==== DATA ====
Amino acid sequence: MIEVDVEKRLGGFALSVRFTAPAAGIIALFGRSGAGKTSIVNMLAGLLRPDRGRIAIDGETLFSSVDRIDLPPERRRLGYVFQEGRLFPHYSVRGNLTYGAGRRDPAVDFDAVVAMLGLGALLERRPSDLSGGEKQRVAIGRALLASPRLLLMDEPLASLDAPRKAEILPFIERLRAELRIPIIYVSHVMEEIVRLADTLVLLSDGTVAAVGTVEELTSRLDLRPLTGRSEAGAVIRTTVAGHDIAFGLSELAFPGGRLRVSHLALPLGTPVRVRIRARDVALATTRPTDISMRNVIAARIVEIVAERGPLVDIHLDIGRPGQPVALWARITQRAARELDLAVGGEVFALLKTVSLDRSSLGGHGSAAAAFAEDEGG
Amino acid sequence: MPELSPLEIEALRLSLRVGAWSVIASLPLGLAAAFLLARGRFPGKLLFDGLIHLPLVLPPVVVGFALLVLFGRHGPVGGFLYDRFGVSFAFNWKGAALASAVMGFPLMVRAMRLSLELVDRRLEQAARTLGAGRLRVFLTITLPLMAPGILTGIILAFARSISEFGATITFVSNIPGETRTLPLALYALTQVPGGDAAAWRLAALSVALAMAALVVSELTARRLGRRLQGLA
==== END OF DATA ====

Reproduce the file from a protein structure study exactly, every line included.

Amino acid sequence: MIEVDVEKRLGGFALSVRFTAPAAGIIALFGRSGAGKTSIVNMLAGLLRPDRGRIAIDGETLFSSVDRIDLPPERRRLGYVFQEGRLFPHYSVRGNLTYGAGRRDPAVDFDAVVAMLGLGALLERRPSDLSGGEKQRVAIGRALLASPRLLLMDEPLASLDAPRKAEILPFIERLRAELRIPIIYVSHVMEEIVRLADTLVLLSDGTVAAVGTVEELTSRLDLRPLTGRSEAGAVIRTTVAGHDIAFGLSELAFPGGRLRVSHLALPLGTPVRVRIRARDVALATTRPTDISMRNVIAARIVEIVAERGPLVDIHLDIGRPGQPVALWARITQRAARELDLAVGGEVFALLKTVSLDRSSLGGHGSAAAAFAEDEGG
Amino acid sequence: MPELSPLEIEALRLSLRVGAWSVIASLPLGLAAAFLLARGRFPGKLLFDGLIHLPLVLPPVVVGFALLVLFGRHGPVGGFLYDRFGVSFAFNWKGAALASAVMGFPLMVRAMRLSLELVDRRLEQAARTLGAGRLRVFLTITLPLMAPGILTGIILAFARSISEFGATITFVSNIPGETRTLPLALYALTQVPGGDAAAWRLAALSVALAMAALVVSELTARRLGRRLQGLA